Monocation-driven proton transfer relays within G protein-coupled receptors of the rhodopsin class and the GTP synthase mechanism

Benjamin P.C. Allen, P.H.J. Nederkoorn, Henk Timmerman, David Timms, Kenneth J. Broadley, Robin H. Davies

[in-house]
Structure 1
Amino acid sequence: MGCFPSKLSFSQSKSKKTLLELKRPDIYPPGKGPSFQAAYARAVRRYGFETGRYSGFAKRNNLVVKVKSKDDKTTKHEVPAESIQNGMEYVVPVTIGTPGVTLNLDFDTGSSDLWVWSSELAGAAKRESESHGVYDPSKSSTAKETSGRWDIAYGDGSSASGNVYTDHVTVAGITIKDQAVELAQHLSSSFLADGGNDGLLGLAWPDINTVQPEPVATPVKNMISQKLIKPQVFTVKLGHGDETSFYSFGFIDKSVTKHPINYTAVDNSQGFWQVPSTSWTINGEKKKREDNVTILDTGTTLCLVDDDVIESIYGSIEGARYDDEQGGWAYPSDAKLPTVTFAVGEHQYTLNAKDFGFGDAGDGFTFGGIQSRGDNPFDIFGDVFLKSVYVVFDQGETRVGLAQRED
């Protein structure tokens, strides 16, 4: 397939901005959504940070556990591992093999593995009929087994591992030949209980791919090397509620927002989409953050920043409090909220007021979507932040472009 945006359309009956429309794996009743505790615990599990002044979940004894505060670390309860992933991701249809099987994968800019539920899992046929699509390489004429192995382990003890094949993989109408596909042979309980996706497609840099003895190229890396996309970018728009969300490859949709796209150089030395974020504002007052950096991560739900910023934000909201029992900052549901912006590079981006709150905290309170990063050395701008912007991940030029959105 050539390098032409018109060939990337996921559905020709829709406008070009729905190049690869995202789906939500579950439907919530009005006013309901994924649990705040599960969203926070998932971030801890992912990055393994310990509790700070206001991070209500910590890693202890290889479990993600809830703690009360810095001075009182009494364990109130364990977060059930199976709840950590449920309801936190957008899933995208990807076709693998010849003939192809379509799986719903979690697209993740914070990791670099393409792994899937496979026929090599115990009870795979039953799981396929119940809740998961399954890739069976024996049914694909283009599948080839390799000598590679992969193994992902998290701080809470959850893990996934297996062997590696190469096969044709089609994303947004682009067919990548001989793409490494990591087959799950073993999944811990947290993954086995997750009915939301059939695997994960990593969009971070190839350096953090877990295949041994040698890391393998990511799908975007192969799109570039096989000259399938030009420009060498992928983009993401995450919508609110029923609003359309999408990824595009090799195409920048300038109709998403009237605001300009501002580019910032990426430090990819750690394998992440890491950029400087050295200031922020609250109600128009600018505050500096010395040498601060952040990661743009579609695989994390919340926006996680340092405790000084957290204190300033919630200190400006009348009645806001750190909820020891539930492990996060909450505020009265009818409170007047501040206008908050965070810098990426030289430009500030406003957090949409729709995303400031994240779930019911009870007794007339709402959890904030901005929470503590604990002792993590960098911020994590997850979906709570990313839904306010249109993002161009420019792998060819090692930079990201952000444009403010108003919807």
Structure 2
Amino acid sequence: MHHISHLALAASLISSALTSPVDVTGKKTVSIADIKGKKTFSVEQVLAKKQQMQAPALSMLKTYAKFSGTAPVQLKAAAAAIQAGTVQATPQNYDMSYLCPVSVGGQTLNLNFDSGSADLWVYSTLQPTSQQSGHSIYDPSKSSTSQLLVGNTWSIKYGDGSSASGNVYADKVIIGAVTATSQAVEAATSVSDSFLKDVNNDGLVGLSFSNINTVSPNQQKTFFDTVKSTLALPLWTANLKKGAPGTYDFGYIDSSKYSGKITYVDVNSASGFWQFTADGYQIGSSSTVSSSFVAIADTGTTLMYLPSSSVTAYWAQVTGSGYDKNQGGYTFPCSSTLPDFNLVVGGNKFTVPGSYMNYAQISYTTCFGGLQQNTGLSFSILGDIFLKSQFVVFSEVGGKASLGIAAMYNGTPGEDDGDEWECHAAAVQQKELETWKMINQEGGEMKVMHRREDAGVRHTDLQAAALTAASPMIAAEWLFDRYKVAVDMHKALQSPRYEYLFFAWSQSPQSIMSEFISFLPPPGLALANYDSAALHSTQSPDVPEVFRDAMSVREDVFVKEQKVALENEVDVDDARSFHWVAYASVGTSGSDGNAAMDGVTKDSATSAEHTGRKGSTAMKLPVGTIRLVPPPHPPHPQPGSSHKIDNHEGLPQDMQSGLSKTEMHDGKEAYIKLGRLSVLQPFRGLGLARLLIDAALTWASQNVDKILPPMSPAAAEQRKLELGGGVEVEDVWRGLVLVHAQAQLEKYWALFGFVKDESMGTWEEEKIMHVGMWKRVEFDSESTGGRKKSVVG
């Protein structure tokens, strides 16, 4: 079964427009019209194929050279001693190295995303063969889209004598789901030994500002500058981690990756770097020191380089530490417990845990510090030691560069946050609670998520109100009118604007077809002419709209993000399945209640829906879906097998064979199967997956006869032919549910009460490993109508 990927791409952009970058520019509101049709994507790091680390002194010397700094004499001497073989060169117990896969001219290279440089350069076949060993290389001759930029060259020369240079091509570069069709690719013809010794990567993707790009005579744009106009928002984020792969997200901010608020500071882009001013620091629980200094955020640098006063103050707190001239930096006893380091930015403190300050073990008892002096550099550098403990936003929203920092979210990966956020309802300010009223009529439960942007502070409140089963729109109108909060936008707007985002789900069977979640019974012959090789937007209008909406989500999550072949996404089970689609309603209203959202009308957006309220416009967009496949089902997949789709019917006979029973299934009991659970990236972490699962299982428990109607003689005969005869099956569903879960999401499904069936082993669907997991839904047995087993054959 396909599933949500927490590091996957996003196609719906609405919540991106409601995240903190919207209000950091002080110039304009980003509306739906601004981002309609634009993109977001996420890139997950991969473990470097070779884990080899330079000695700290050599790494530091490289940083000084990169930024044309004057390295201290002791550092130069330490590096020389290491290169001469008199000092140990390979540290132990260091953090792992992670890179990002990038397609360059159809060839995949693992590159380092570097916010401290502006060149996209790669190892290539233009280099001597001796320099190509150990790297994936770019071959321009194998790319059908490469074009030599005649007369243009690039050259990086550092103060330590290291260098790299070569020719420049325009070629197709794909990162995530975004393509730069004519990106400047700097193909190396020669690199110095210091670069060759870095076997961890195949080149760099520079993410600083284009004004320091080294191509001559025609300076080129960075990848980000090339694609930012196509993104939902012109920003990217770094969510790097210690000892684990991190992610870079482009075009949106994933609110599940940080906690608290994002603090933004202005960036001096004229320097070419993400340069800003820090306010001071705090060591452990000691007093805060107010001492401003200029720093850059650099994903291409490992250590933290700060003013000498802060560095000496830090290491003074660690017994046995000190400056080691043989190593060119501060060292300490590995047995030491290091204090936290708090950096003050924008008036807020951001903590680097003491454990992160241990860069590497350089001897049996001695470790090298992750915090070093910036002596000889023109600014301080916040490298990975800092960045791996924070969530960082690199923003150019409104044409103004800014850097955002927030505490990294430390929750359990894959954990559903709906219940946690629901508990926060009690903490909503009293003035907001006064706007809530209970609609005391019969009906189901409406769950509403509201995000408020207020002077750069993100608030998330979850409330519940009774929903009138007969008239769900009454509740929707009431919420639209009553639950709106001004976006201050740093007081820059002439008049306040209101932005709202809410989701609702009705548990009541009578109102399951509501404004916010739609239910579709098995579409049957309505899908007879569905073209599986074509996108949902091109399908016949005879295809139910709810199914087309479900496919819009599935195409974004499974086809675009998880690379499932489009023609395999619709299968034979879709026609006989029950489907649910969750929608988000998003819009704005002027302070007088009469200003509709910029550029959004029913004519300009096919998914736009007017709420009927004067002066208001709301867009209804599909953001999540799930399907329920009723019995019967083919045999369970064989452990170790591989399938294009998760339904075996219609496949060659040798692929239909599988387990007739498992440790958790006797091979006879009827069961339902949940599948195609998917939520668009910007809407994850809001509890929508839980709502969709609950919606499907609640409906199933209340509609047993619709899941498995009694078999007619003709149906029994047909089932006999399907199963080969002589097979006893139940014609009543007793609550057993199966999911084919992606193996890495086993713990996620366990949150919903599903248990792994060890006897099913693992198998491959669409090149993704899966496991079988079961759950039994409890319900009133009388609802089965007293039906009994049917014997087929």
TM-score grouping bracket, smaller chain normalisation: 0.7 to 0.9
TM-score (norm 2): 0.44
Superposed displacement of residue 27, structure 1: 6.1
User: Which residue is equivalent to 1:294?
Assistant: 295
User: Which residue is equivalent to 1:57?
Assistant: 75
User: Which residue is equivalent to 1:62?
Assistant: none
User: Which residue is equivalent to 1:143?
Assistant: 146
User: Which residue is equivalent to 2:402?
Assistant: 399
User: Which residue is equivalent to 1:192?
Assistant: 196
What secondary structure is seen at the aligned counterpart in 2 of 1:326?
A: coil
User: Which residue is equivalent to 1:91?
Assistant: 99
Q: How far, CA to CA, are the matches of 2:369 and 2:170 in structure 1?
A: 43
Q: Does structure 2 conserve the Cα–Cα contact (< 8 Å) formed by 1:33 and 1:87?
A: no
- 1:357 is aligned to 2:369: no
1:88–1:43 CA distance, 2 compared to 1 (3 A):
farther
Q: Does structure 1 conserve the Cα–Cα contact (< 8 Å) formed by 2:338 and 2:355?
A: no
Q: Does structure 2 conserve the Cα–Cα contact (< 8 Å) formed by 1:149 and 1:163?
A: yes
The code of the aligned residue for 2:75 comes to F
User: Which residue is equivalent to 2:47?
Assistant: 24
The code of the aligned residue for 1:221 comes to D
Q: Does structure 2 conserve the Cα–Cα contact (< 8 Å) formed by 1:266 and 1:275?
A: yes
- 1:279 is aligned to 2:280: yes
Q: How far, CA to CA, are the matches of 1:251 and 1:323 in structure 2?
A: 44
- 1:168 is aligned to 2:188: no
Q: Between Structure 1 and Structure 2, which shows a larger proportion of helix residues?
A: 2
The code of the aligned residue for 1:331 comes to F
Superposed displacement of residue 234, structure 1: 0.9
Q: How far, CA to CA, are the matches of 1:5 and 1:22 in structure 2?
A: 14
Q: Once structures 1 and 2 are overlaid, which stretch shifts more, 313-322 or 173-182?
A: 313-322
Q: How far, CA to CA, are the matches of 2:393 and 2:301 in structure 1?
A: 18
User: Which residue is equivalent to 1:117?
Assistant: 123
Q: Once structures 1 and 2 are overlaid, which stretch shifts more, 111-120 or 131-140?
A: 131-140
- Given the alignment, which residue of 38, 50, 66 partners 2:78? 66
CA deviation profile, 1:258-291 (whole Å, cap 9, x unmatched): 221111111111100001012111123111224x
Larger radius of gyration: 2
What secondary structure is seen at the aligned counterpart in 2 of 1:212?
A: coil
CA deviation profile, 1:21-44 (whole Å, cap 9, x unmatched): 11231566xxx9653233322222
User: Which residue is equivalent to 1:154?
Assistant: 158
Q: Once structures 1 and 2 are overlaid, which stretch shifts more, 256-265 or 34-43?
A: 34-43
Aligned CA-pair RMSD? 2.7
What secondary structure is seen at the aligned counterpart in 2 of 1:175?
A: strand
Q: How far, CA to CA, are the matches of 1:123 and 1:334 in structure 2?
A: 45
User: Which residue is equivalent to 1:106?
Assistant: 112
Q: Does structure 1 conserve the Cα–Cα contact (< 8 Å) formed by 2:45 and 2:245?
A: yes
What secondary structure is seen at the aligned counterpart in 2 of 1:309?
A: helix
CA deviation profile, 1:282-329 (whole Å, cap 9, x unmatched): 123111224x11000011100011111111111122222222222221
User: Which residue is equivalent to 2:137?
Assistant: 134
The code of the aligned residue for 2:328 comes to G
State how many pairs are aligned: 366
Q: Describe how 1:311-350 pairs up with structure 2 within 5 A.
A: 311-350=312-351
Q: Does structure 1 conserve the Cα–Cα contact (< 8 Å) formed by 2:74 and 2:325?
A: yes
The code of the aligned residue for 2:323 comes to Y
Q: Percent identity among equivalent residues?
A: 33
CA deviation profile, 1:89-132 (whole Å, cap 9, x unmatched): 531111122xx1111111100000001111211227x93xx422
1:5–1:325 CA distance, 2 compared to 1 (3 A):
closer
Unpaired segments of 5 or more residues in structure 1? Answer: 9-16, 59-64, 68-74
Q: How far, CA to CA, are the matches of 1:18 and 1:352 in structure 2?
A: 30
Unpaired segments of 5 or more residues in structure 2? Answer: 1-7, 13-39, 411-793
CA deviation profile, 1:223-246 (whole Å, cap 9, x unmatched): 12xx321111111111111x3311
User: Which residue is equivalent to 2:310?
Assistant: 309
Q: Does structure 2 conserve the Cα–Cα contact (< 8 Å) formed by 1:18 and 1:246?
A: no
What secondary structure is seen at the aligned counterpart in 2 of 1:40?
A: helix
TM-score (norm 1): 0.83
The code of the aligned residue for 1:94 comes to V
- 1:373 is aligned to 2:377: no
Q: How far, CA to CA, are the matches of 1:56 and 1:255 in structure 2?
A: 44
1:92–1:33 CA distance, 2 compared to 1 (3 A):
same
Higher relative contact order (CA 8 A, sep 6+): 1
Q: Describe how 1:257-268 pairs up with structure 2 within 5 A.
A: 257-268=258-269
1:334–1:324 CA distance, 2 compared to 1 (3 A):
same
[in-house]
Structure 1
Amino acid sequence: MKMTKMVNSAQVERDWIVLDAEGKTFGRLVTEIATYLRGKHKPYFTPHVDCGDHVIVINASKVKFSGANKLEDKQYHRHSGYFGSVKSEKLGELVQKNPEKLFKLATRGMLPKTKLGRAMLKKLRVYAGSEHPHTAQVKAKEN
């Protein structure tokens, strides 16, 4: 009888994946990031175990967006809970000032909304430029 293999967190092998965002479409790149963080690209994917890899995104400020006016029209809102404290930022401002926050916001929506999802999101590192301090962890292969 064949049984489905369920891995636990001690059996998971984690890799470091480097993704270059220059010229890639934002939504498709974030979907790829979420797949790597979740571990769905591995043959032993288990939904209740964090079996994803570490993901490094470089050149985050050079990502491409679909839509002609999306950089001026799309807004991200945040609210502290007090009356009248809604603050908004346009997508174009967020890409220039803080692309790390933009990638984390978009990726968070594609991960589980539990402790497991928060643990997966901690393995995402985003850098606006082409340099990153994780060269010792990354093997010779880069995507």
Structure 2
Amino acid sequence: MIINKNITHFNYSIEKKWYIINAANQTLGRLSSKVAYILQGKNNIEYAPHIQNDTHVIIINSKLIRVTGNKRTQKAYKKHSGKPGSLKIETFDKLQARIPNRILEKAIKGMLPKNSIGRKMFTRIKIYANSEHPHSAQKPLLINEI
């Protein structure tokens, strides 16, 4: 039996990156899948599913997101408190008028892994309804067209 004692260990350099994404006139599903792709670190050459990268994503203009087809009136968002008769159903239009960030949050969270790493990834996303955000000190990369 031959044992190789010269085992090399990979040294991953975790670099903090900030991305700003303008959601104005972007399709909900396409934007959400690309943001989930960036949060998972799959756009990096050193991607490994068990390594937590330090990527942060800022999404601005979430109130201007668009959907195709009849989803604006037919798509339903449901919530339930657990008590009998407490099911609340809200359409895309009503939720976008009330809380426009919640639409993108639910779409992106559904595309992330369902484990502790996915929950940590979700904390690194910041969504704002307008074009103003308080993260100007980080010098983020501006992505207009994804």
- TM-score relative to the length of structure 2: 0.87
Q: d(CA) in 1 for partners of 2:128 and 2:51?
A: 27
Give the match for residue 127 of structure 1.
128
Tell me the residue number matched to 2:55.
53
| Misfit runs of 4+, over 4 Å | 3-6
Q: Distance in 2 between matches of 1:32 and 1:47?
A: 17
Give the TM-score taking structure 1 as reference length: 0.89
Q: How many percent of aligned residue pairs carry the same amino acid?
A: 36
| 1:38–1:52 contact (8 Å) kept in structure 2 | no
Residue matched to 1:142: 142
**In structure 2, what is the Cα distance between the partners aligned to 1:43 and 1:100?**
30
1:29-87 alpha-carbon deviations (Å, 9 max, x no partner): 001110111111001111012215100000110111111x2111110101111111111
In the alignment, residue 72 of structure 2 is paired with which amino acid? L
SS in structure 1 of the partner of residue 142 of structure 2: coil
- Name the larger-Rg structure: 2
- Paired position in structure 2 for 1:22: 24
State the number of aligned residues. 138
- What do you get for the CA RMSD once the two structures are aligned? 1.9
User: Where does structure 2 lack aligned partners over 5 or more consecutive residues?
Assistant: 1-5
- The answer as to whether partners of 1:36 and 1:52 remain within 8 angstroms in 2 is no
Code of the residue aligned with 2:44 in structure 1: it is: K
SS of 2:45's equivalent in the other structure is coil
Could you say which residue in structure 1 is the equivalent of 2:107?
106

Research output: Contribution to journalArticleAcademicpeer-review

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Abstract